Variation in elevation and sward height facilitate coexistence of goose species through allometric responses in wetlands

Yong Zhang, Herbert H.T. Prins, Lei Cao*, Meijuan Zhao, Fred de Boer

*Corresponding author for this work

Research output: Contribution to journalArticleAcademicpeer-review

5 Citations (Scopus)


Allometric scaling law predicts that herbivores respond differently to the availability of resources, mediated by body size. However, studies of allometric responses have often focused on animals with a relatively large difference in body size. Here, using a correlative field study, habitat use by two herbivorous species, the Bean Goose (Anser fabalis) and the Greater White-fronted Goose (A. albifrons), with a relatively small difference in body size was investigated during the wintering period. Both a generalized linear mixed model and a mixed logistic regression model showed that both species selected lower lying areas that were recently exposed, and, as expected, the smaller Greater White-fronted Goose showed a stronger selection of foraging habitat than the larger Bean Goose. Sward height also influenced habitat selection by both species, and the smaller species selected shorter swards than the larger species. In terms of forage quality, both models failed to detect a significant effect of nitrogen content on goose habitat selection. A logistic regression model showed that structural heterogeneity of the sward negatively correlated with the patch selection of the smaller species, but for the larger species such a correlation was not found. In agreement with our hypotheses, our results provide some preliminary indication that coexistence of the two goose species studied here might be mediated by an allometric response even if the difference in body size is relatively small.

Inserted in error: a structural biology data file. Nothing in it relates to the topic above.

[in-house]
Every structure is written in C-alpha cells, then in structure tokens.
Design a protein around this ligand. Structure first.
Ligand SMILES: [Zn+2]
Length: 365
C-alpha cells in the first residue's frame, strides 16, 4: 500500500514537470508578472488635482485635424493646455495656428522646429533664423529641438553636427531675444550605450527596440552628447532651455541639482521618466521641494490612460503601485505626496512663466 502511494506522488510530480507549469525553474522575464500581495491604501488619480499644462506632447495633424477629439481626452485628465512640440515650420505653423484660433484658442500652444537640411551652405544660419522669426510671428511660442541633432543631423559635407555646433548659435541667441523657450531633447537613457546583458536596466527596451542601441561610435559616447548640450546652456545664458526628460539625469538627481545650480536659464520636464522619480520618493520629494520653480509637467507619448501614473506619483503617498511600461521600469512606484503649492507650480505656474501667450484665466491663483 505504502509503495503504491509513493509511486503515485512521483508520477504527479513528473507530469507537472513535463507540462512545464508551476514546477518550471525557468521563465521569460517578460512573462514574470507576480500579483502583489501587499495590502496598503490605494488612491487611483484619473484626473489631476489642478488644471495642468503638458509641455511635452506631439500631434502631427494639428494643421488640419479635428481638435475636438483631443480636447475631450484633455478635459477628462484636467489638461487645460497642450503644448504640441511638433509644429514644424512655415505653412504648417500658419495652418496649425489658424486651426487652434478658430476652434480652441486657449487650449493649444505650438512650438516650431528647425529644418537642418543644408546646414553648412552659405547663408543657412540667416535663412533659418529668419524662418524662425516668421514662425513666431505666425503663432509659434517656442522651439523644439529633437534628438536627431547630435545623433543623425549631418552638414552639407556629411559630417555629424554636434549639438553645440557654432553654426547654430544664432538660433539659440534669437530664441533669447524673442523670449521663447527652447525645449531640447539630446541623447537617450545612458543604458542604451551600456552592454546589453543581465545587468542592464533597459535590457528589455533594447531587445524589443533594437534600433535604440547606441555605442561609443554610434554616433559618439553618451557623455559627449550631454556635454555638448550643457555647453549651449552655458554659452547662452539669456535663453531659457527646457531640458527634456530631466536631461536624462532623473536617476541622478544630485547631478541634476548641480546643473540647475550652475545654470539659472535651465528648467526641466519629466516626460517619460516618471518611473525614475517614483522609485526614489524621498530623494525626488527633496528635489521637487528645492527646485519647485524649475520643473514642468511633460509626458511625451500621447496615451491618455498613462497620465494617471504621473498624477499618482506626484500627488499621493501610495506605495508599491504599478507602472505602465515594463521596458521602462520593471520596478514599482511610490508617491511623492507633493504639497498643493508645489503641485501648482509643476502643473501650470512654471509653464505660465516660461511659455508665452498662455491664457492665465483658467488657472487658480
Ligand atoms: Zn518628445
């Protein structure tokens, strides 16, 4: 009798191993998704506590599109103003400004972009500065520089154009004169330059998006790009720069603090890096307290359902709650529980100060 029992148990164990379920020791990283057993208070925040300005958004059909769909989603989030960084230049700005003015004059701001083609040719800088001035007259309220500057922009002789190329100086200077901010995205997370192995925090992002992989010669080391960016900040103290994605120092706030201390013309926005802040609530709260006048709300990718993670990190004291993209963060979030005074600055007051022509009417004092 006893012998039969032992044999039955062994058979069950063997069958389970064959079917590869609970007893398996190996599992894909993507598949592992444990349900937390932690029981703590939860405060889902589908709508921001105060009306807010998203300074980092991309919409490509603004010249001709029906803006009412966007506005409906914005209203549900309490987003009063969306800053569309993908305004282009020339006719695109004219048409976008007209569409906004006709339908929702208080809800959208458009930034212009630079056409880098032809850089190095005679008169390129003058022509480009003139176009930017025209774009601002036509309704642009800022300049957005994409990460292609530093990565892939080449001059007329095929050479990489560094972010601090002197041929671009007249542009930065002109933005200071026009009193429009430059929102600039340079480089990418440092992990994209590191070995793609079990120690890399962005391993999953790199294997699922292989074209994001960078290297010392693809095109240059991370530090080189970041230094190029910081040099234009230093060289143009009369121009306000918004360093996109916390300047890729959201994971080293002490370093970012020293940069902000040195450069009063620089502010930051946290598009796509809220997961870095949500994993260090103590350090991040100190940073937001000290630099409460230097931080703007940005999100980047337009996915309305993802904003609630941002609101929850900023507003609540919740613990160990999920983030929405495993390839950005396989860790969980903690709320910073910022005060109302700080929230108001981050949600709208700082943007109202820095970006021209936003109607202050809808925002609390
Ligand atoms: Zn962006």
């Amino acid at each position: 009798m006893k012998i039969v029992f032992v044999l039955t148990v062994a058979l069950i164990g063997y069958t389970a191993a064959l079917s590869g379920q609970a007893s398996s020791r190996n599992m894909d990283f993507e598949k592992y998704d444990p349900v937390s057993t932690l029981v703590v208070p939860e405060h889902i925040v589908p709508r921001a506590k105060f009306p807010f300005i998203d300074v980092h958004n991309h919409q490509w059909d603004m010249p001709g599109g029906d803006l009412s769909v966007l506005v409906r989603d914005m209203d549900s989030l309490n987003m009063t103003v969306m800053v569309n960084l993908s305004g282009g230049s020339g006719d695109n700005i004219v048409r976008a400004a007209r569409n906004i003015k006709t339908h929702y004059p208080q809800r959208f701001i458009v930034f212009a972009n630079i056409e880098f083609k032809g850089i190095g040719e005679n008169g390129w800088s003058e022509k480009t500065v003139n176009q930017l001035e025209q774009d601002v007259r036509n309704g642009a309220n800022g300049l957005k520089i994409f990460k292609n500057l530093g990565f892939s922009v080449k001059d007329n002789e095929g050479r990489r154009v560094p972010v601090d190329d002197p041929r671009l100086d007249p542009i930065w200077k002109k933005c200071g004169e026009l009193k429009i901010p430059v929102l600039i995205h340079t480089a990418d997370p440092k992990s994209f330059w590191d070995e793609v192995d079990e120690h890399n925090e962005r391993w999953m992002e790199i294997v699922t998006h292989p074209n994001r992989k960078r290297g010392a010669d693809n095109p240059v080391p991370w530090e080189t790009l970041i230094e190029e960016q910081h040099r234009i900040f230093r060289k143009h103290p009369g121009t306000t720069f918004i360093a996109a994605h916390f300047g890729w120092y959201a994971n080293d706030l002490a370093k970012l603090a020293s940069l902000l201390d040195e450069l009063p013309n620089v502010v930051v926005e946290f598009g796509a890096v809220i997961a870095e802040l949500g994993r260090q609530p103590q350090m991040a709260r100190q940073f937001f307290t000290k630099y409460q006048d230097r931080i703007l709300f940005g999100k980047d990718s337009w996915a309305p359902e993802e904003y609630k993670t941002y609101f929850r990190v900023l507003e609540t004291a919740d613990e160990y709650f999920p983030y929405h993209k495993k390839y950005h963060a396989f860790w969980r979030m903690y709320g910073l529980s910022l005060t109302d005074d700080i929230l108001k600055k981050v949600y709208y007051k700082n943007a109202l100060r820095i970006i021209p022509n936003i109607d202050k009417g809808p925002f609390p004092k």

Original languageEnglish
Pages (from-to)34-44
Issue number1
Publication statusPublished - 2016


  • Anser albifrons
  • Anser fabalis
  • Bean Goose
  • body size
  • forage quality
  • forage quantity
  • grassland
  • Greater White-fronted Goose
  • habitat selection
  • heterogeneity

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